pleased to call acivilization,a and their country was wrested from them in consequence by the superior force of might. The rubbish indulged in as regards aimproving and elevating them a I have but little patience with; it is, in the first place, right down dishonest, and it is, moreover, impossible even were it desirable.
In the a commercial advantages,a which werealet us be franka'the mainspring of the whole movement, there figured largely certain mines that had for years dazzled our eyes and excited our thirst for gain : well, we took them as the price of our a improvements,a and how have they been manipulated ?
I have already had occasion to discuss the variety and strength of Oriental smells ; one could, in fact, very well do without the sense of smell while in the East; the scent even of the flowers, of mango, orange, lime, and dedonia, is oppressive in the sultry atmosphere. But the a artificial a smells are something to experience; that of an Indian bazaaraa compound of assafcetida, decayed produce, and stagnant drainsaclings to a person for ever ; that of a Burmese market is delightfully enhanced by the perfume of Gua-pu, a speciality of the country, in which stale fish, lime, and other similar ingredients are incorporated secundum artem.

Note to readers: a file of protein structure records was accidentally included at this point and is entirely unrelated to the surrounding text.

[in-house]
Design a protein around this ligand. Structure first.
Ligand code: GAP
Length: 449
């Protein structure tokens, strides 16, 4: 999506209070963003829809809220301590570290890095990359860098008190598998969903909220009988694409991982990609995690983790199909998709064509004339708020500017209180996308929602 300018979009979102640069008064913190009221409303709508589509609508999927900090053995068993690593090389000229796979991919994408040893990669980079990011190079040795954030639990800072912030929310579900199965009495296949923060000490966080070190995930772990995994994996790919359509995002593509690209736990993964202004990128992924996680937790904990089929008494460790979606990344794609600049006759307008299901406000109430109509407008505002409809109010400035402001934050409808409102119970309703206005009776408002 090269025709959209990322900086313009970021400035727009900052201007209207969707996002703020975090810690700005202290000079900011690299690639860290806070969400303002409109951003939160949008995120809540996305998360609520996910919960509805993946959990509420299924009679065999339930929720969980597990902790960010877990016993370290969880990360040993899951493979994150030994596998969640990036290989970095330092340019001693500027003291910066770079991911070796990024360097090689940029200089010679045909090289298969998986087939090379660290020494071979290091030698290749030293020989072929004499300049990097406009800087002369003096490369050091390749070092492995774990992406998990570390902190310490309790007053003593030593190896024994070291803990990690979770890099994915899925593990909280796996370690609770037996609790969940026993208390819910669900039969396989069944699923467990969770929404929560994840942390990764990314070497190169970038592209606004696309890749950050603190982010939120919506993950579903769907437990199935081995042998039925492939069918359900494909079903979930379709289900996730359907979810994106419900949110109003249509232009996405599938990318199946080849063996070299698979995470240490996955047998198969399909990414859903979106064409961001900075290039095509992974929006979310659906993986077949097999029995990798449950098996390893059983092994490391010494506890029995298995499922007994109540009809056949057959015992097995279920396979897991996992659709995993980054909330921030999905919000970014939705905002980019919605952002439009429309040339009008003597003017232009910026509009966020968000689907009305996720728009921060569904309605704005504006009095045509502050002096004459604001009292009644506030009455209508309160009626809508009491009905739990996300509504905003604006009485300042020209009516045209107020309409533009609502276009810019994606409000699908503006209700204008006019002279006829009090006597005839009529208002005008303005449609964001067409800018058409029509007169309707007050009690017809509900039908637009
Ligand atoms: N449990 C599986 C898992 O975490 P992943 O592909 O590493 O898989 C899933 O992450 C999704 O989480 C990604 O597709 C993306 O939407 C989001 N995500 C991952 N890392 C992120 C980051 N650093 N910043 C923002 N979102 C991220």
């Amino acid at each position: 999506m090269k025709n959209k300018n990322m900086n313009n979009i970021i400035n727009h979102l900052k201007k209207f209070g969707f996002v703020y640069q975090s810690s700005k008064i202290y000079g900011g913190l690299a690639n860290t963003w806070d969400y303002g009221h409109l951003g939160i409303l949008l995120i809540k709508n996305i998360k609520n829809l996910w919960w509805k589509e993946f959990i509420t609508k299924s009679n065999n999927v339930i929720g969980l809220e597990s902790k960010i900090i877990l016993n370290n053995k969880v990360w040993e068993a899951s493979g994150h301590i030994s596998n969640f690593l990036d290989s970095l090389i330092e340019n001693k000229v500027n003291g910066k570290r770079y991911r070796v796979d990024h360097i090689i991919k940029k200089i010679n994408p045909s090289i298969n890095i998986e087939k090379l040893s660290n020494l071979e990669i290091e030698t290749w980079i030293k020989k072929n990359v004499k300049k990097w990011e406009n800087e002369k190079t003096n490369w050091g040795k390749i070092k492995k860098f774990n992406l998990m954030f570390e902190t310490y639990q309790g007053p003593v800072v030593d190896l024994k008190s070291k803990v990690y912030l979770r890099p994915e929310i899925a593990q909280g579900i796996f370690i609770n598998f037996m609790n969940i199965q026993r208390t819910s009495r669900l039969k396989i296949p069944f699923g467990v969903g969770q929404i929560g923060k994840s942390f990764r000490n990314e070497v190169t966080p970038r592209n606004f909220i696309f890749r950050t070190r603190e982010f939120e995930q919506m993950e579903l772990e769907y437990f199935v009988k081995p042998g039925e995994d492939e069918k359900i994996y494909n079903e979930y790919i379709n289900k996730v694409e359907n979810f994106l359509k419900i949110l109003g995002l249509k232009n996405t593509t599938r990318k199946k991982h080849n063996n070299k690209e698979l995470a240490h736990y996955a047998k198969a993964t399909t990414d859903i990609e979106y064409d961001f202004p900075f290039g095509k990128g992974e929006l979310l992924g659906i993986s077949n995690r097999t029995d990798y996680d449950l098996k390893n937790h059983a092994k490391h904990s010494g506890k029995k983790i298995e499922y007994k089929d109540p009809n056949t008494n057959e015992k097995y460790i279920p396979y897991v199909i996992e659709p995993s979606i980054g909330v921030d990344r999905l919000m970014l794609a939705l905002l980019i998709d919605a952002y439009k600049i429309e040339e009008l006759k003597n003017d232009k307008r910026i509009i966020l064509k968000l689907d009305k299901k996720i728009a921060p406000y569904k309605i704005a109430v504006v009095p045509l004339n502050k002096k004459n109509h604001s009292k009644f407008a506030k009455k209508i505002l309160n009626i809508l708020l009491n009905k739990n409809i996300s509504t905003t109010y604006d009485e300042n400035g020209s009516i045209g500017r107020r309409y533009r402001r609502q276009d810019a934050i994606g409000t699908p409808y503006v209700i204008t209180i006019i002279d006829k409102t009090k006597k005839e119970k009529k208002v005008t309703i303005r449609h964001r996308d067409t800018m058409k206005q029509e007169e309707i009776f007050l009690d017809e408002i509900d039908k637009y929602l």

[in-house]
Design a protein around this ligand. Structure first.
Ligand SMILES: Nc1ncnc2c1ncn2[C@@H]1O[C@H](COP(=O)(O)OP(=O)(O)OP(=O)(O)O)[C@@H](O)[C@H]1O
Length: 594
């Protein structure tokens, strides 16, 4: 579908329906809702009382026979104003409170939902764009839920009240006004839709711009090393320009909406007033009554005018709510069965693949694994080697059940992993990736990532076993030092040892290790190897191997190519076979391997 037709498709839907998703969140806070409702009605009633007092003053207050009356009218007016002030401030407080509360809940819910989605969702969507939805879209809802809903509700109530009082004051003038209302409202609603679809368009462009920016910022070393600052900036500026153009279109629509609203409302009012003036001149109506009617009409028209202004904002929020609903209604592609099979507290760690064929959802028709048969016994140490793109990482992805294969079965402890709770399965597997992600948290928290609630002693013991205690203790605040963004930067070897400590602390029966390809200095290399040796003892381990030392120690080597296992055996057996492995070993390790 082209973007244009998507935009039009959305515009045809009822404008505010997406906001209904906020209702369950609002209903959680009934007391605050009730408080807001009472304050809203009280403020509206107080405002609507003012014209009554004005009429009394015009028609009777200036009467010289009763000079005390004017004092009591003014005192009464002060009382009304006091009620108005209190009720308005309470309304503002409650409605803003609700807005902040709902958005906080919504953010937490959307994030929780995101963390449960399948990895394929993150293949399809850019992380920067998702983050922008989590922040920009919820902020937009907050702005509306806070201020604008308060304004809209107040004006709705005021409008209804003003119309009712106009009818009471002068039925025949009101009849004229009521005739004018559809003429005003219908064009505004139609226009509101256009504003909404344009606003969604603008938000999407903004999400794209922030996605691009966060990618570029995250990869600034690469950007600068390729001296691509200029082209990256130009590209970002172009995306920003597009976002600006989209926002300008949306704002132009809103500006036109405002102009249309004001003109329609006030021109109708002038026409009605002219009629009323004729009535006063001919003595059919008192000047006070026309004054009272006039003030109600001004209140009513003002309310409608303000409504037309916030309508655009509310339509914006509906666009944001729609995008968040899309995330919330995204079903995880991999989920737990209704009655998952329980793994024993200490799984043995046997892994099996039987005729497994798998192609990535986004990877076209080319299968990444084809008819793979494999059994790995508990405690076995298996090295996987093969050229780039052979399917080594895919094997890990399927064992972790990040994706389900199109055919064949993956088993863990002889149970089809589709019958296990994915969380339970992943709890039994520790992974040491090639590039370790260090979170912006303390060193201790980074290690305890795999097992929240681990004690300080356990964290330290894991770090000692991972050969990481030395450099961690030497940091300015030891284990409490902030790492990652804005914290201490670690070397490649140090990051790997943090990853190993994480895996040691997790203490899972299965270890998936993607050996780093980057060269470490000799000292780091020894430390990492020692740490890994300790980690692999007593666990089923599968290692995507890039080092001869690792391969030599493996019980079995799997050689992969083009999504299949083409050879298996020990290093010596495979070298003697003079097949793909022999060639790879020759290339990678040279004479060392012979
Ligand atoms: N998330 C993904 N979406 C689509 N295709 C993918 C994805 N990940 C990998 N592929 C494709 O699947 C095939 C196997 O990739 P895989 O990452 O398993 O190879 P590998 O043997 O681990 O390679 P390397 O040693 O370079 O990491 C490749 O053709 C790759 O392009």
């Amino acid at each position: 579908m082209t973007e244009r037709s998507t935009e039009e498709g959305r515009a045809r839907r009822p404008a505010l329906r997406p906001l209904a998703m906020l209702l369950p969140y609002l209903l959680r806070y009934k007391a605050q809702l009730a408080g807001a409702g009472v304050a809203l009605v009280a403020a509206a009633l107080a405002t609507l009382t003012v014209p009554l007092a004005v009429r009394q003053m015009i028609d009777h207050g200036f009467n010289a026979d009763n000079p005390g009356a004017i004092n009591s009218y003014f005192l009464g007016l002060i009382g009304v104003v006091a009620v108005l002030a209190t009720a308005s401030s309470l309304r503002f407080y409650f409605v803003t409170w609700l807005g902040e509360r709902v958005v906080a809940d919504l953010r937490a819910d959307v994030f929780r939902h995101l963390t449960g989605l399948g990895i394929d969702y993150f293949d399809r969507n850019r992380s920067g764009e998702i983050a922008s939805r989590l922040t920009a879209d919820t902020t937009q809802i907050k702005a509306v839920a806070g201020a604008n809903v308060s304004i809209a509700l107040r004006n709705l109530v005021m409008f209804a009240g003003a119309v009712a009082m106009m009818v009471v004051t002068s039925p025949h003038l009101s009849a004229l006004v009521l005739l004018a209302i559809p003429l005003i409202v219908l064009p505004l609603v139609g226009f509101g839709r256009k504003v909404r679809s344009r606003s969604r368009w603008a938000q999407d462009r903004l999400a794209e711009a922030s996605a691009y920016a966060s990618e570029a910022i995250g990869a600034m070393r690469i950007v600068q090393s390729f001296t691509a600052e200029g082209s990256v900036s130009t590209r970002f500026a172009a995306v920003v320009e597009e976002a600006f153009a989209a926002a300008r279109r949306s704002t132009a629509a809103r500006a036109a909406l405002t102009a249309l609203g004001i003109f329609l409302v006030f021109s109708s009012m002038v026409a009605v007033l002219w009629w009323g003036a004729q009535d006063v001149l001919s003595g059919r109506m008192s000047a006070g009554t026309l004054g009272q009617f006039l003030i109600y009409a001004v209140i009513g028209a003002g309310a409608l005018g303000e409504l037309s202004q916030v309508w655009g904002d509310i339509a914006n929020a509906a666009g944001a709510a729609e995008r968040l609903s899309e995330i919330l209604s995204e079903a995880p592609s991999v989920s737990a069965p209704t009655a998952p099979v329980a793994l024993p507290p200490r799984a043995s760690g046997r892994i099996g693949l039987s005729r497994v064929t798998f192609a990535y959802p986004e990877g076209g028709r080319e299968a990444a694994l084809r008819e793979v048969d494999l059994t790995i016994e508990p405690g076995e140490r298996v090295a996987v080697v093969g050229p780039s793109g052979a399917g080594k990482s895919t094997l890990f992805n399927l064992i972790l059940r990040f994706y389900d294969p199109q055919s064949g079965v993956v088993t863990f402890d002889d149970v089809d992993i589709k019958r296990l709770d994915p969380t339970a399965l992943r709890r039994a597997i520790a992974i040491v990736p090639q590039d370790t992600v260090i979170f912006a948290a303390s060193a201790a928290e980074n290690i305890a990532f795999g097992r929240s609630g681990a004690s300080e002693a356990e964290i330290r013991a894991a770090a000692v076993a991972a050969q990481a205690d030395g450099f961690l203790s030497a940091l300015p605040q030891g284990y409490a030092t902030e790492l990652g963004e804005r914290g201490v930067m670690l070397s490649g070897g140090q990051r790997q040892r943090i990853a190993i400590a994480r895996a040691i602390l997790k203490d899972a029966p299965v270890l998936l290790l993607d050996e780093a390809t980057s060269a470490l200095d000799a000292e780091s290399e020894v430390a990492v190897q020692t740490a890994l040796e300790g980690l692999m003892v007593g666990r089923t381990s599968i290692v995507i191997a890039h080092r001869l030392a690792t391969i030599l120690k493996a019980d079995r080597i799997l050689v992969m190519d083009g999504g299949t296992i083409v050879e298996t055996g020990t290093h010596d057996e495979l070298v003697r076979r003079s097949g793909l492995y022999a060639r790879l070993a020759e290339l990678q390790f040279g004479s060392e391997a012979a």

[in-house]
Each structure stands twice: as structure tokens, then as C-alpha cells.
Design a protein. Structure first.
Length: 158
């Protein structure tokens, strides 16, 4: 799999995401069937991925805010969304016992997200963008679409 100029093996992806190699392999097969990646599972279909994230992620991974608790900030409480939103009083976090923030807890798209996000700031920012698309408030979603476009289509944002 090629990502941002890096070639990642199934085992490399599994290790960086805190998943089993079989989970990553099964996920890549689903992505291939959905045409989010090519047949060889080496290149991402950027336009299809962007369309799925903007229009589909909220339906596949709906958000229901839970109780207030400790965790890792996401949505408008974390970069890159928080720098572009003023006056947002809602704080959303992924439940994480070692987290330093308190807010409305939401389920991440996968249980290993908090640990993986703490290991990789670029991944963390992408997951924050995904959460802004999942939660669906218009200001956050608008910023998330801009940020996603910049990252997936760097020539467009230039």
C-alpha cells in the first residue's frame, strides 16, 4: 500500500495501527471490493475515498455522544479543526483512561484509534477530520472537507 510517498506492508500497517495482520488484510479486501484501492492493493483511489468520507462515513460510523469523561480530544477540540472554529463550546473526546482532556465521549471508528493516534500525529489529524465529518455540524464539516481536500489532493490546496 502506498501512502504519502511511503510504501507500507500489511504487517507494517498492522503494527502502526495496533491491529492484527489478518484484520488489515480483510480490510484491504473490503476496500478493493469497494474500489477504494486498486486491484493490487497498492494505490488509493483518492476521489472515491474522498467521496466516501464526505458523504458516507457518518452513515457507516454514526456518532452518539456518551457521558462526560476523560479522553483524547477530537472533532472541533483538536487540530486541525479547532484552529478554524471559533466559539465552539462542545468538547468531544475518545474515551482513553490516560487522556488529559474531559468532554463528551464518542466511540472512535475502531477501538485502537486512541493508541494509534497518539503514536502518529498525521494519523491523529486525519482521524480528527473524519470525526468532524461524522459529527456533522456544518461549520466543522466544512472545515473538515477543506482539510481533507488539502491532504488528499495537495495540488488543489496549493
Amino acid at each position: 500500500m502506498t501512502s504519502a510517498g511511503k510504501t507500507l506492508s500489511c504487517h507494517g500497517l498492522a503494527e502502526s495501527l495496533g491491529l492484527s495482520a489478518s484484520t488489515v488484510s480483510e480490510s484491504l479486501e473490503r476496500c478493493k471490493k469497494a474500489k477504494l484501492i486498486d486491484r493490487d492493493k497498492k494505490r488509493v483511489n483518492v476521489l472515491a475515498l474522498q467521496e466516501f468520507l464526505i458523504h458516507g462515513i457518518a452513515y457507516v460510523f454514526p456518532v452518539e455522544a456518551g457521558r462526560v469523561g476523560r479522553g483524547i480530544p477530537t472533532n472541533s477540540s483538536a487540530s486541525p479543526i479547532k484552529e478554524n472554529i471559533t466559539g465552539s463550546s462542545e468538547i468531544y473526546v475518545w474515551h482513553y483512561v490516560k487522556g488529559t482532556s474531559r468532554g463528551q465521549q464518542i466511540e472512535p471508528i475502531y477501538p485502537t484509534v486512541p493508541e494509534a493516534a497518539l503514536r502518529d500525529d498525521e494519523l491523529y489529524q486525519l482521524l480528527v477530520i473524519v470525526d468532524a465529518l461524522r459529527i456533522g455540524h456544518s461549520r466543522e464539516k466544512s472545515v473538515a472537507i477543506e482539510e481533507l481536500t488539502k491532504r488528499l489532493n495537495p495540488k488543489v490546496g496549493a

The display in the Rangoon market included meat, fish, poultry, fruit, vegetables, and flowers, in variety and abundance ; but every other odour was assimilated and overcome by Gua-pu. Yet who shall ridicule so acquired a taste ?
The alderman likes his green turtle, the Chinaman his birdsa nests, and the Frenchman his frogsa legs ; so, too, the Burmese will have his Gua-pu.
The fact is, there is Gua-pu and Gua-pu !
On one occasion, proceeding up the river with theOn one occasion, proceeding up the river with the